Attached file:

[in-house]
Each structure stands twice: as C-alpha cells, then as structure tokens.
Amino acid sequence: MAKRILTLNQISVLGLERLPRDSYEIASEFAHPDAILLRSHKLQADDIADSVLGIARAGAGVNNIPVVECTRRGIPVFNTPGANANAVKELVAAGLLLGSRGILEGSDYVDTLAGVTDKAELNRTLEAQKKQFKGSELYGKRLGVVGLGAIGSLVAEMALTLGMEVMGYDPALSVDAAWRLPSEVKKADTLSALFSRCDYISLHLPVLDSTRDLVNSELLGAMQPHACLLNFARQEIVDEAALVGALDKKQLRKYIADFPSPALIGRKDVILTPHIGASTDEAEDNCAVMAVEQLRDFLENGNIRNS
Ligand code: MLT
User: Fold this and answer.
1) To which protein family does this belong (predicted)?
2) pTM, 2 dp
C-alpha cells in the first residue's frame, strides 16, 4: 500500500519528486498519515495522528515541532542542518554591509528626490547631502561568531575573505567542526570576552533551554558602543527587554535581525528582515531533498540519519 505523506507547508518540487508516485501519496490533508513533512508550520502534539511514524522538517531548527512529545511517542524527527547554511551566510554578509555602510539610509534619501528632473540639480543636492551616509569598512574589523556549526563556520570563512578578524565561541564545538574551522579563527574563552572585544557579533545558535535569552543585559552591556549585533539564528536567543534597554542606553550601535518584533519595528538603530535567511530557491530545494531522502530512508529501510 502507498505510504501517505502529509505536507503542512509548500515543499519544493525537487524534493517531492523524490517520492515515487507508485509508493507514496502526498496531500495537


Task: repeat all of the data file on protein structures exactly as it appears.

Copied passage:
[in-house]
Each structure stands twice: as C-alpha cells, then as structure tokens.
Amino acid sequence: MAKRILTLNQISVLGLERLPRDSYEIASEFAHPDAILLRSHKLQADDIADSVLGIARAGAGVNNIPVVECTRRGIPVFNTPGANANAVKELVAAGLLLGSRGILEGSDYVDTLAGVTDKAELNRTLEAQKKQFKGSELYGKRLGVVGLGAIGSLVAEMALTLGMEVMGYDPALSVDAAWRLPSEVKKADTLSALFSRCDYISLHLPVLDSTRDLVNSELLGAMQPHACLLNFARQEIVDEAALVGALDKKQLRKYIADFPSPALIGRKDVILTPHIGASTDEAEDNCAVMAVEQLRDFLENGNIRNS
Ligand code: MLT
User: Fold this and answer.
1) To which protein family does this belong (predicted)?
2) pTM, 2 dp
C-alpha cells in the first residue's frame, strides 16, 4: 500500500519528486498519515495522528515541532542542518554591509528626490547631502561568531575573505567542526570576552533551554558602543527587554535581525528582515531533498540519519 505523506507547508518540487508516485501519496490533508513533512508550520502534539511514524522538517531548527512529545511517542524527527547554511551566510554578509555602510539610509534619501528632473540639480543636492551616509569598512574589523556549526563556520570563512578578524565561541564545538574551522579563527574563552572585544557579533545558535535569552543585559552591556549585533539564528536567543534597554542606553550601535518584533519595528538603530535567511530557491530545494531522502530512508529501510 502507498505510504501517505502529509505536507503542512509548500515543499519544493525537487524534493517531492523524490517520492515515487507508485509508493507514496502526498496531500495537